Jon Kabat-Zinn founded the Center for Mindfulness at the University of Massachusetts Medical School in the 1990s, which brought mindfulness from the East to West.

There are a wide number of mindfulness exercises which individuals can benefit from mindfulness. This can include mindful meditation, sitting quietly focussing on our breathing. undertaking a body scan, lying or sitting and moving attention slowly through different parts of our bodies, and mindful walking, noticing the breeze on our skin and the feeling in our feet on the different surfaces.

Jon Kabat Zinn has nine attitudes of mindfulness:


The first attitude of mindfulness is non-judging. Our minds are often caught up with a stream of judging to our inner and outer experiences. The challenge of these judgements are that they can dominate our thoughts, which makes it difficult for us to find inner peace. Non-judging allows us to take a step back and relax.


The second attitude of mindfulness is patience. Today’s society puts so much pressure on us to perform quickly. By practising patience, we allow our minds to be open for each moment and letting things develop naturally. Being inpatient lends itself to being agitated and frustrated.

Beginner’s mind

The concept of beginner’s mind aligns with an openness to see things as if for the first time. The benefit of this is for us to be receptive to new ideas and not be stuck in a rut. Furthermore, having an attitude of beginner’s mind is very useful when engaging in meditation.


Another attitude of mindfulness is trust, it is important when being mindful to trust yourself and your intuition. Accept that you will mistakes along the way. If you feel something is not right, trust your instinctive and acknowledge this. Having trust in yourself will also help you have trust in others.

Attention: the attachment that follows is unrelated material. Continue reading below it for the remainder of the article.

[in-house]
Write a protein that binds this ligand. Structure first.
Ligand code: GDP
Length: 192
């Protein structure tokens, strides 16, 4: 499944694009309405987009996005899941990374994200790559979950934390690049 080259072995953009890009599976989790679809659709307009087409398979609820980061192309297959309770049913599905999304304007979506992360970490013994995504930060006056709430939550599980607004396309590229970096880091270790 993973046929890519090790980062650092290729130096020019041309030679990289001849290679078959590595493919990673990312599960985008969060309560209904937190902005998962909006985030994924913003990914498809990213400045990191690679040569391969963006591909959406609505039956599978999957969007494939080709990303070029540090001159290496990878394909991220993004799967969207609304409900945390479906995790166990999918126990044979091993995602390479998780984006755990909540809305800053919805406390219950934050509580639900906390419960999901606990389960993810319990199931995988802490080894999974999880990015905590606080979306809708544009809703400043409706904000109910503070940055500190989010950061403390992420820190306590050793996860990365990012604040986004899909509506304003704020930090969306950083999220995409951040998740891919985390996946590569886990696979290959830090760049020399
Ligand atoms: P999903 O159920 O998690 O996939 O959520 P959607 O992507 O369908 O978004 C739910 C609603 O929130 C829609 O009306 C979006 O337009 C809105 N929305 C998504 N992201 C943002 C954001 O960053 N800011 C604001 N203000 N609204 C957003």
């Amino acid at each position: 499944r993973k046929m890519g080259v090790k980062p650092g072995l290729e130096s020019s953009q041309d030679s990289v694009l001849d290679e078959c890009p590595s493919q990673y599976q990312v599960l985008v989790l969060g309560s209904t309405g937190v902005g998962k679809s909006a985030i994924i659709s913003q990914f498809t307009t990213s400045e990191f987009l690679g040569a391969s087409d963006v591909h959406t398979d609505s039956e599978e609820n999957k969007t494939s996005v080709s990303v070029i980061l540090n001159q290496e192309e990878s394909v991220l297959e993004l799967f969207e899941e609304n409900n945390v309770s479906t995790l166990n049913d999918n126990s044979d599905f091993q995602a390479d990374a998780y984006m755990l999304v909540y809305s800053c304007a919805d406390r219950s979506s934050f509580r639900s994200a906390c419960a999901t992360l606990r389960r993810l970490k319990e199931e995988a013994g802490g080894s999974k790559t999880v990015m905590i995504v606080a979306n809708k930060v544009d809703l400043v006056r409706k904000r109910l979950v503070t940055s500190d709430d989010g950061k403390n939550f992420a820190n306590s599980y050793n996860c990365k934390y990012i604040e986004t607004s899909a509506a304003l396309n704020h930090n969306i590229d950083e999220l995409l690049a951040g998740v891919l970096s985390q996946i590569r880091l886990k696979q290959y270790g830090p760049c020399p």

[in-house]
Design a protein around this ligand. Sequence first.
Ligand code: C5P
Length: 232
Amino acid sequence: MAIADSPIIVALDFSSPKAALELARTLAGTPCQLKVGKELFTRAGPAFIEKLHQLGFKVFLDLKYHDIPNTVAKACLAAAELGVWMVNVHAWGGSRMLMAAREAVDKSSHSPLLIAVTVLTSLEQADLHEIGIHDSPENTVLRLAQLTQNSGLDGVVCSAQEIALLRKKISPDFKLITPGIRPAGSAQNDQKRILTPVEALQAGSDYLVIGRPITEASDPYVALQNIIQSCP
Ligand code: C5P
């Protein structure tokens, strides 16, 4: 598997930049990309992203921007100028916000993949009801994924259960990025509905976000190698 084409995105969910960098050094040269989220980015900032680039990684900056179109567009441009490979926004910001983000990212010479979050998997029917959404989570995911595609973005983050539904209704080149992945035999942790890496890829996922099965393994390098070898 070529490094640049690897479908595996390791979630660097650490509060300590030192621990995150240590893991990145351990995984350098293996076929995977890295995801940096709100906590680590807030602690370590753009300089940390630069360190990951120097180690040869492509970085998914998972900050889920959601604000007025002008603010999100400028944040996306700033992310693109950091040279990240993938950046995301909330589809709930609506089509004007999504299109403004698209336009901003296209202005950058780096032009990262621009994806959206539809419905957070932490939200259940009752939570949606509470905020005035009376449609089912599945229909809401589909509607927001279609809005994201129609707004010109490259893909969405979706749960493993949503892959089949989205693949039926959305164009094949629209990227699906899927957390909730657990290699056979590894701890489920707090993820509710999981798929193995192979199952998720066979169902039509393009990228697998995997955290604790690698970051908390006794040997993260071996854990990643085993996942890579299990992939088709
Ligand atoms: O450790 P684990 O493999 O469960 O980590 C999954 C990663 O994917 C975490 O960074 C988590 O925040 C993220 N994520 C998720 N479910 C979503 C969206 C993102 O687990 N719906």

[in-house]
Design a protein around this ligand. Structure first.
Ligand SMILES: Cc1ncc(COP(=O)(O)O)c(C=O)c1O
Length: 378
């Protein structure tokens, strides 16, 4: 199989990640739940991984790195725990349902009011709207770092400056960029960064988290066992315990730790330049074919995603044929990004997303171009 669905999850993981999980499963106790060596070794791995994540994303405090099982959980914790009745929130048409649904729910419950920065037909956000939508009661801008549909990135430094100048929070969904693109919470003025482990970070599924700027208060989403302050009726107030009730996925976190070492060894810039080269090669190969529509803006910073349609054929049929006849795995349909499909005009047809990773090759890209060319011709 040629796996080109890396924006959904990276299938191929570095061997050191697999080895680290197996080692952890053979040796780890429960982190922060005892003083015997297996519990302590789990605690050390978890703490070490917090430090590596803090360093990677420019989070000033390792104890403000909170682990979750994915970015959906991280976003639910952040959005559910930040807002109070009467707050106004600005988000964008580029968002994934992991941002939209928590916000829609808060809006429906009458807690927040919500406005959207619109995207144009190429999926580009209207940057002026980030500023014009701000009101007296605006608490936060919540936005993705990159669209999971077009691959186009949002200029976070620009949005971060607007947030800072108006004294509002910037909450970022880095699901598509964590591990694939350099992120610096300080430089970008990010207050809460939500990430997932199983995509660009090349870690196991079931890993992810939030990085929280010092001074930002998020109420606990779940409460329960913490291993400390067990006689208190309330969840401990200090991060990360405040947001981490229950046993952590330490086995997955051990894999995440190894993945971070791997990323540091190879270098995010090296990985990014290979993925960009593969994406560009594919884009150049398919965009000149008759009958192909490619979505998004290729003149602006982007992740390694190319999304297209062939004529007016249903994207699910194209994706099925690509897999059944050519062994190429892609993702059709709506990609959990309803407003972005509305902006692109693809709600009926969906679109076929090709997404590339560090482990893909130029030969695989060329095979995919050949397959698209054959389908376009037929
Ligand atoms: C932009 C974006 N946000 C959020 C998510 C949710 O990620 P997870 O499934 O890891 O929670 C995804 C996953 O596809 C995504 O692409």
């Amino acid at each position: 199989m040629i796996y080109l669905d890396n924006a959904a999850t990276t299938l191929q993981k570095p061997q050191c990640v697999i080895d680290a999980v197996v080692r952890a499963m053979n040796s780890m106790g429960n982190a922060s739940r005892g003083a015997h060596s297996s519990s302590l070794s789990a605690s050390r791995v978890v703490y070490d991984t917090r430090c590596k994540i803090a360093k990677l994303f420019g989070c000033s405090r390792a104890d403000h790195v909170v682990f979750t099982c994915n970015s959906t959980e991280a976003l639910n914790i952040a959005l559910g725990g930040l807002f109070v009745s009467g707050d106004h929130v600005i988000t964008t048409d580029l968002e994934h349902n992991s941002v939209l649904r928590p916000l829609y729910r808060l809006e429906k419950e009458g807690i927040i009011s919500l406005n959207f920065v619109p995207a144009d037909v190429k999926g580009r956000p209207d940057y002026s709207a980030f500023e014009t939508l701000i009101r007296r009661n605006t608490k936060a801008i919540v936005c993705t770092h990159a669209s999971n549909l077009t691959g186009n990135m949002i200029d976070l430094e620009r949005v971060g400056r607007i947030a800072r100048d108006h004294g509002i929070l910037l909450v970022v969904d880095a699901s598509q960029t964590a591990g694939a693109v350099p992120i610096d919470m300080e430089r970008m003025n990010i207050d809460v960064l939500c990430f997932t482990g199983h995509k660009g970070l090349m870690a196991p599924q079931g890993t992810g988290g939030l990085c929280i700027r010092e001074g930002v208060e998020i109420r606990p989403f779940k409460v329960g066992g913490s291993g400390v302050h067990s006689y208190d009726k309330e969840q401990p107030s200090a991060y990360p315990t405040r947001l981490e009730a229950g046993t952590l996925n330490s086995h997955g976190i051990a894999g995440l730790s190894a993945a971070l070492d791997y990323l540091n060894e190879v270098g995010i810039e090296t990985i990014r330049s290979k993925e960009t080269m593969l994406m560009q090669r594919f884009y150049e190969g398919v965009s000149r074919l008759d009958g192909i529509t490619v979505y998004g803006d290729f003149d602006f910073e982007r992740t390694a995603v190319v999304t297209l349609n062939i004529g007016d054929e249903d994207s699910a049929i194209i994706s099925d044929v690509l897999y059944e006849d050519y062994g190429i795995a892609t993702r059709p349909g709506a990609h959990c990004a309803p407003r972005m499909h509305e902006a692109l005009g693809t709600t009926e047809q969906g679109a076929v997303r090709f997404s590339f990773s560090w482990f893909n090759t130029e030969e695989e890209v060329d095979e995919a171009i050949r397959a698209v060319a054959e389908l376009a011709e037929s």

An attitude of non-striving underpins mindfulness. Often in our busy lives we are striving to reach the goals we set ourselves. However, mindfulness runs contrary to this. Forcing yourself to be mindful will not work. Undertaking meditation practice relies on letting go and being present.

Letting go

Central to mindfulness is letting go and living in the present moment. Letting go is akin to letting things be. There are things in our life and our past that may affect us, by letting go, we can stop ruminating and live more mindfully. We don’t force ourselves to go to sleep, we let go and fall asleep.


Acceptance refers to seeing things as they really are. If there are aspects in your life that you are not happy with, you firstly accept things the way they are at the present time. You are more likely to act when you accept how things really are. Acceptance is related to wisdom and self-understanding.


Practising mindfulness often leads to increased gratitude. Put simply gratitude is the intentional practice of noticing what is good in our lives. A mindfulness mediation involving being grateful with what is good in our lives can improve our quality of lives, including reducing our stress levels.


The definition of generosity relates to a willingness to give away your own time and money and a freedom from pettiness18. There is research evidence that people who practice mediation are more likely to have feelings of kindness and generosity19. By practising mindful generosity, we expand ourselves as humans.

There has been much interest in mindfulness as a way to increase wellbeing. One study showed that depressed participants who take part in either formal mindfulness-based cognitive therapy (MBCT) or mindfulness-based stress reduction (MBSR) had decreased rumination, which was associated with the alleviation of depressive symptoms.

Similarly, research has illustrated that mindfulness can be beneficial for people suffering with Generalised Anxiety Disorder (GAD). A randomised controlled trial comparing MBSR with Stress Management Education (SME) found evidence that MBSR may have a beneficial effect in tackling anxiety symptoms in GAD.

Furthermore, there is research evidence that MBSR is beneficial in helping participants reduce their stress levels. One review found that MBSR was more effective in reducing stress in comparison to an inactive control group.